I’m sipping a glass of mead tonight, in preparation for my big Pagan weekend: The Gathering for Life on Earth. It will be my 16th time attending this local Pagan event and it has been an important part of my spiritual wheel of the year for almost two decades (there were two years in there where the Gathering had to be cancelled, so my first Gathering was 18 years ago).
When I was in university, I was running my university’s Pagan club, serving as a volunteer proofreader for a Pagan academic journal, working on the Gathering’s board of directors, running and attending other public rituals, going to Pagan Pub Nights, doing some media work, working part-time in a New Age bookstore, reading everything I could get my hands on, and running in Pagan social circles almost all of the time. But, after graduating, other activities gradually took over more of my time – and more of my money was needed for things besides books and magazines – and I slowly drifted away from the larger Pagan community. I was still very active in my smaller group, but the Gathering became my only large event, and I stopped consuming Pagan media (books, magazines, websites, email lists, podcasts) almost entirely.
At first, it was a bit of a relief. I’d stepped out of the politics, the in-fighting, the gossiping. By staying only in my little spiritual family, I could avoid the burning times conspiracy theorists, the cultural appropriationists, the woo-woo new agers, and the elitists and the fundamentalists of all stripes. I hadn’t realized that I was burning out until I had some distance from it.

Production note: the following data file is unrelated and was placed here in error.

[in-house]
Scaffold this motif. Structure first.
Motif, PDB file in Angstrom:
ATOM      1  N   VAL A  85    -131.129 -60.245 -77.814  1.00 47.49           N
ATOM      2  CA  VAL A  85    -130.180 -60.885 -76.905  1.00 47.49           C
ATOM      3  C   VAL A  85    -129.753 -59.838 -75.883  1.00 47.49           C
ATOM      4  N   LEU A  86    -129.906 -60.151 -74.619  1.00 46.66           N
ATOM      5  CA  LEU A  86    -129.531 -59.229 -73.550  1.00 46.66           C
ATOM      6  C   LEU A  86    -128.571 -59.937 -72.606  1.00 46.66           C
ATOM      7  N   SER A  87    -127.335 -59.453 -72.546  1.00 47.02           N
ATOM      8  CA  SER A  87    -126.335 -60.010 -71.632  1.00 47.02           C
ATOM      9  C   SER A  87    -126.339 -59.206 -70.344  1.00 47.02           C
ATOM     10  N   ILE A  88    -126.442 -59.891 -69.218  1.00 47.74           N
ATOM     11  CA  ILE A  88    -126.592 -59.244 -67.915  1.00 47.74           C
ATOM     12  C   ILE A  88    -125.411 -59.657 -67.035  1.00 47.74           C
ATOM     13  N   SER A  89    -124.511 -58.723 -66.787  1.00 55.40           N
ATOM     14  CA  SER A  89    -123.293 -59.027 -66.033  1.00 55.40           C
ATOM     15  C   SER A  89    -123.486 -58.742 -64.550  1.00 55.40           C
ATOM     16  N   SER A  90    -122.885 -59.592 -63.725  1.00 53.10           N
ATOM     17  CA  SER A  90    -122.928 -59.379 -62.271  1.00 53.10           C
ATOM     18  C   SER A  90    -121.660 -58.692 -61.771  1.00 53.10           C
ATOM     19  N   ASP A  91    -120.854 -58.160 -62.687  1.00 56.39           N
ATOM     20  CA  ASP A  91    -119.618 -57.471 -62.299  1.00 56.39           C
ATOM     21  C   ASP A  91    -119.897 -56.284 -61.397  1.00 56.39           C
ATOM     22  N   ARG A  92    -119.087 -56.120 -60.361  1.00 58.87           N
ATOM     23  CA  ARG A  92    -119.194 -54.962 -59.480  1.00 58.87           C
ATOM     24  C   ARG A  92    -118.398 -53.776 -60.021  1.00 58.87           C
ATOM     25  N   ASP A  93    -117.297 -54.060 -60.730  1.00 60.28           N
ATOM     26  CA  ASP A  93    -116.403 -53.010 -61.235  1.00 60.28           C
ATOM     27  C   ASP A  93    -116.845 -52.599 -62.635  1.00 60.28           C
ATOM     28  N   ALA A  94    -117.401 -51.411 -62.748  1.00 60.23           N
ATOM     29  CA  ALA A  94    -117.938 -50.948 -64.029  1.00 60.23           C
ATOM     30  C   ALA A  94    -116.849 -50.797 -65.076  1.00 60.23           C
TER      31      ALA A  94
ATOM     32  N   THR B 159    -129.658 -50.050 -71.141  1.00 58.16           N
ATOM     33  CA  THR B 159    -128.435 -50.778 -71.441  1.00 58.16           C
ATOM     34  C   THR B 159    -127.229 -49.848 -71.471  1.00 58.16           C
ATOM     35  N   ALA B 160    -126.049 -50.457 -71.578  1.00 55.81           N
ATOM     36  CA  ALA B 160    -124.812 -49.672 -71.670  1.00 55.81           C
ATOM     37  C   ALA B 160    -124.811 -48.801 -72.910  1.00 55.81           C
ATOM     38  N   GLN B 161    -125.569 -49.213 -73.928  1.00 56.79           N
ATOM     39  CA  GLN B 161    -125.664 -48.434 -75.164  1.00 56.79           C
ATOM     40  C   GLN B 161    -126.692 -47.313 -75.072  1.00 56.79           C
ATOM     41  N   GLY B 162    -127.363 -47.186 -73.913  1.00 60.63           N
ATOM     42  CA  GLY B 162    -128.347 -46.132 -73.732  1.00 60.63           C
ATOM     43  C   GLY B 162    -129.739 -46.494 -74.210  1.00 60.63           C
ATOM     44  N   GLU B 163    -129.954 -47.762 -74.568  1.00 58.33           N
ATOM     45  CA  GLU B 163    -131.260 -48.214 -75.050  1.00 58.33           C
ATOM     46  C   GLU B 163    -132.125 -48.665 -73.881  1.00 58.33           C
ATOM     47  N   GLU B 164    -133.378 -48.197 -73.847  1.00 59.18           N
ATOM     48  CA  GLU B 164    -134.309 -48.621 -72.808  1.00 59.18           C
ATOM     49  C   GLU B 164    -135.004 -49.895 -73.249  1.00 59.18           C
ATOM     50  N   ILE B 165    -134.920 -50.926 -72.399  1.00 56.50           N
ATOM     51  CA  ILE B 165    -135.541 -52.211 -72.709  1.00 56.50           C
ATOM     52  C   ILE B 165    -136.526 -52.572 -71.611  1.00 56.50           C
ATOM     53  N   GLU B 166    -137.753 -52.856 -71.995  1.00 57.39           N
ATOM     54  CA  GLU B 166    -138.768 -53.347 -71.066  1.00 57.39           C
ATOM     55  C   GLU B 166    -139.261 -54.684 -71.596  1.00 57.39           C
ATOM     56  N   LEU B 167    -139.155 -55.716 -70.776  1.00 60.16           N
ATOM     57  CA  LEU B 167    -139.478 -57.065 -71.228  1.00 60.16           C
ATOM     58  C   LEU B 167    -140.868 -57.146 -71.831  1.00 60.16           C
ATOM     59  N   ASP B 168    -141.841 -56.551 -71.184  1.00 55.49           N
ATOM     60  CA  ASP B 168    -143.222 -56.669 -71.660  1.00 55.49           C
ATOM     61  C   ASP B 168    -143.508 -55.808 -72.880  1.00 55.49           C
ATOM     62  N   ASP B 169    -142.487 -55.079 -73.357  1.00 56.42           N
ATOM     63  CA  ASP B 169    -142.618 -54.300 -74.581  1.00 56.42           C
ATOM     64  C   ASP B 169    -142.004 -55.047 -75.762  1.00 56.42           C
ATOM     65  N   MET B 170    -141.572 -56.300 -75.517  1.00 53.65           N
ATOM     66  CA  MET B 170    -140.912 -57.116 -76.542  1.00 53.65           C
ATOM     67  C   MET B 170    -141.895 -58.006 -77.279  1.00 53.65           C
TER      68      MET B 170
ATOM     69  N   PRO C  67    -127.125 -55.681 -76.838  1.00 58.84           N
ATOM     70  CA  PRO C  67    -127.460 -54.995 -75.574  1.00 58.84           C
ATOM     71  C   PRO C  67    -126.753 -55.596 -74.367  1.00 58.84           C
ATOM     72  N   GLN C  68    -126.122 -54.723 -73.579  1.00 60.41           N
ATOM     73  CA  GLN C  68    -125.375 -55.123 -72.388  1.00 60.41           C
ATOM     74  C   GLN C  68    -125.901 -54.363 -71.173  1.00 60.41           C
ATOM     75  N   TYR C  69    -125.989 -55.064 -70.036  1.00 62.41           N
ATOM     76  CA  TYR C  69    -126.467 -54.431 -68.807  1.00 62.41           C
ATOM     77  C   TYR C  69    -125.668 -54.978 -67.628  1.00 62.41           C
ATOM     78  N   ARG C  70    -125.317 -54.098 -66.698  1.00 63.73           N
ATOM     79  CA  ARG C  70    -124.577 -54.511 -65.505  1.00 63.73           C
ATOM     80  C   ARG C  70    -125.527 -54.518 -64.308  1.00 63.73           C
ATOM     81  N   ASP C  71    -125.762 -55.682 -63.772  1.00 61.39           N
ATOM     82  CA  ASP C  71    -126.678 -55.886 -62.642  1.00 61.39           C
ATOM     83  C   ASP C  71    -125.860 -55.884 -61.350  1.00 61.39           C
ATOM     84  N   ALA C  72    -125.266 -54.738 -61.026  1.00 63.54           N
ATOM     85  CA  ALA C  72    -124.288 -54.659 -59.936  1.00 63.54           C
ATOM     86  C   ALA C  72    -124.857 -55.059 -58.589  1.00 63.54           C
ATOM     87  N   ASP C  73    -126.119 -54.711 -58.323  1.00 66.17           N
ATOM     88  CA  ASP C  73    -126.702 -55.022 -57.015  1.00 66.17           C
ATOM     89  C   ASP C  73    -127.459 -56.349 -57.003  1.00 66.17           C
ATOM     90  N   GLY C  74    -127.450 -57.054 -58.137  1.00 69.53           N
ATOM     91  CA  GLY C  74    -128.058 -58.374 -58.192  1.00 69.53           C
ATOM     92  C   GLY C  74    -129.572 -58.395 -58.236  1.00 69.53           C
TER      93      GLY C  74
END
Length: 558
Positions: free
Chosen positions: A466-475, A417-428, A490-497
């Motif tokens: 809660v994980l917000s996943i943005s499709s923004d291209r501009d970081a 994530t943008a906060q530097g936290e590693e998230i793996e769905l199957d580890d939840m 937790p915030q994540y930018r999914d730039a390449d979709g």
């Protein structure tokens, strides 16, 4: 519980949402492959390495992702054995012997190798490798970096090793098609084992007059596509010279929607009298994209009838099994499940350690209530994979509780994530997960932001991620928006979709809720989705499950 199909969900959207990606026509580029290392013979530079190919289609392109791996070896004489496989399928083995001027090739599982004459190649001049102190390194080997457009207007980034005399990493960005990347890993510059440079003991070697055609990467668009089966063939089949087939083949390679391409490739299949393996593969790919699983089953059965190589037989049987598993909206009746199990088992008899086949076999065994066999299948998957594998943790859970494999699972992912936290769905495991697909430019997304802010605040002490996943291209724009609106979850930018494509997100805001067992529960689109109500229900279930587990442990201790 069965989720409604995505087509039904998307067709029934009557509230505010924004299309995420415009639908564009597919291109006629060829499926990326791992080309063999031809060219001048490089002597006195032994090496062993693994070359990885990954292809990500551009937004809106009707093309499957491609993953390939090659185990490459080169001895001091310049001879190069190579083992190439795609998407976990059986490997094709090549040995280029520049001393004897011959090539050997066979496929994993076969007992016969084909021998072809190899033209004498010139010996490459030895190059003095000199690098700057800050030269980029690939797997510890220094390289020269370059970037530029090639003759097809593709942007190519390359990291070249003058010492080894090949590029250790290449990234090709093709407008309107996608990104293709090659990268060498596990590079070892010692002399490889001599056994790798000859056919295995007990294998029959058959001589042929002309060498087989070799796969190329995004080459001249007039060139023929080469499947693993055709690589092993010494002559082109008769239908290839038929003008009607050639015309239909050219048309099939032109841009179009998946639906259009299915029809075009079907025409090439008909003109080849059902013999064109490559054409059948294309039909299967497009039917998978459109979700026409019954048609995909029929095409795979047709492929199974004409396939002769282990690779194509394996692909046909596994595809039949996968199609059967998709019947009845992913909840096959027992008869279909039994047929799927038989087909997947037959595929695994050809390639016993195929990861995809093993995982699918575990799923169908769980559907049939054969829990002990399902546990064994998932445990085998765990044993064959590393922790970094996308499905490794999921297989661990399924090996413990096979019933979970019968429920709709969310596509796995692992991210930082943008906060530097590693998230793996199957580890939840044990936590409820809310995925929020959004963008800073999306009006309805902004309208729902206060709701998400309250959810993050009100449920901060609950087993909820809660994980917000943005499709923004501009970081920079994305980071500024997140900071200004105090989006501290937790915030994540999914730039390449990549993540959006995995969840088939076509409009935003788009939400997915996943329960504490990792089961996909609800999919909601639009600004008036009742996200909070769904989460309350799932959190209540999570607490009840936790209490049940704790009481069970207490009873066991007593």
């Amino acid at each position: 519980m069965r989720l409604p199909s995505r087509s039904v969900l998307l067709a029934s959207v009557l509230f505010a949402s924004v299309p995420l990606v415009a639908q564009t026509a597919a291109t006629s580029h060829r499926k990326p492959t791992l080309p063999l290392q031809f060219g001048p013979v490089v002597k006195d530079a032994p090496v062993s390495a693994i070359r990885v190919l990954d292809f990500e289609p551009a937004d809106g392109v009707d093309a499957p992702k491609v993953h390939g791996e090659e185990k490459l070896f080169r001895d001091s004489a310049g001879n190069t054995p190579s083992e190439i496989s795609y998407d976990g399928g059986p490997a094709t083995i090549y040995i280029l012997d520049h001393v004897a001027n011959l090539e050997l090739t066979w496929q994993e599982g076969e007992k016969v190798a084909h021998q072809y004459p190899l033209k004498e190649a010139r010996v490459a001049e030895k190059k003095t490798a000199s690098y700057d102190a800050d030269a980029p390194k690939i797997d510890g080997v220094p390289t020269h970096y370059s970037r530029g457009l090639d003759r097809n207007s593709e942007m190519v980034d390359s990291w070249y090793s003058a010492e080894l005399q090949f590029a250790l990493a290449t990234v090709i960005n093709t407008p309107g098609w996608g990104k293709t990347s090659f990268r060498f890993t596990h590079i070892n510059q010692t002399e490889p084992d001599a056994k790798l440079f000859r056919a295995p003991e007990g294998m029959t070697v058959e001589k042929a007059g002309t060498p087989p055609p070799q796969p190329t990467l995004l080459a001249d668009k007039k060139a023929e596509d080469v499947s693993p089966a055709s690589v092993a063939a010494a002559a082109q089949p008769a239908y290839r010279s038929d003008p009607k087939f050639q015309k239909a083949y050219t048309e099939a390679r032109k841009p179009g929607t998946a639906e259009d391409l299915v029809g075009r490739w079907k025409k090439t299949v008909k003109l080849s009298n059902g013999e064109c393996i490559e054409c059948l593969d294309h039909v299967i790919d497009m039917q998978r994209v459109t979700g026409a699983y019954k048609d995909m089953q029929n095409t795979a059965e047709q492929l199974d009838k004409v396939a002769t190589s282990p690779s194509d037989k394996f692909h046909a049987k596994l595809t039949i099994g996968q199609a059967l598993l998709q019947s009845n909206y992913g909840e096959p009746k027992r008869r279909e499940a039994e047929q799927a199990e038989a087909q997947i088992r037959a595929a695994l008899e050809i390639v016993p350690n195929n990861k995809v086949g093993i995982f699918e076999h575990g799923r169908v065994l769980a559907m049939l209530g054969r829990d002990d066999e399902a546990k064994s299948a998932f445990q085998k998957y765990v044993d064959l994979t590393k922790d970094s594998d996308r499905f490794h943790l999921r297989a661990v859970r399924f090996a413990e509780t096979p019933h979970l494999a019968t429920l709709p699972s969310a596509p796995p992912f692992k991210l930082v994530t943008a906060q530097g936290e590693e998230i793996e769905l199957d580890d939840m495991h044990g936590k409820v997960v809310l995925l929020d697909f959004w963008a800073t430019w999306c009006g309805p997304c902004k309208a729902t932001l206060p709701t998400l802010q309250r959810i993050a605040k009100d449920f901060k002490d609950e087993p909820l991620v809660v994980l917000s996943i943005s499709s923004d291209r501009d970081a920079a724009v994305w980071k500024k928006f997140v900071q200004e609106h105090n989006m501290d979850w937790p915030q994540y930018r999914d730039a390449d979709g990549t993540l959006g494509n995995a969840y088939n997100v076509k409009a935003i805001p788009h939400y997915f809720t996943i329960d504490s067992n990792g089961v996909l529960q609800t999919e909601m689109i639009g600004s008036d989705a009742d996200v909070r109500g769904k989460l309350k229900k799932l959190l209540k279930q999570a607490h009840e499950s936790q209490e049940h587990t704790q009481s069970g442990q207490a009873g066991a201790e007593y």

In the meantime, I had become part of another community that has no overlap with Paganism. It is a specialized sporting community with a small local community, sub-divided into smaller groups based mostly on who you learned from and with, with a larger, international community. And I had hardly been a part of it for a month before I began to see the politics… and it felt so familiar. It looks like the politics of people is the same everywhere; maybe it is the price of community. And you should have seen the mess they made of their annual general meeting! It made the local Pagan non-profit at its worst look organized and tidy.
So I’m going into this year’s Gathering with a bit of fresh perspective, realizing that the politics is at least somewhat natural, and maybe not as bad as I thought, and refreshed from being out of it all for a while. I’m not ready to directly engage the politics again – I will not be running for the Board of Directors and I’ll be trying to stay neutral in the usual people conflicts – but I do miss the other parts of being involved in bigger groups: the new ideas and perspectives, the interesting rituals and chants, and the intellectual challenge of discussing spiritual ideas with people who are of the same religion, but may disagree with me and with each other. If this year’s Gathering can give me a taste of that, I think I might be ready to put myself back out there again.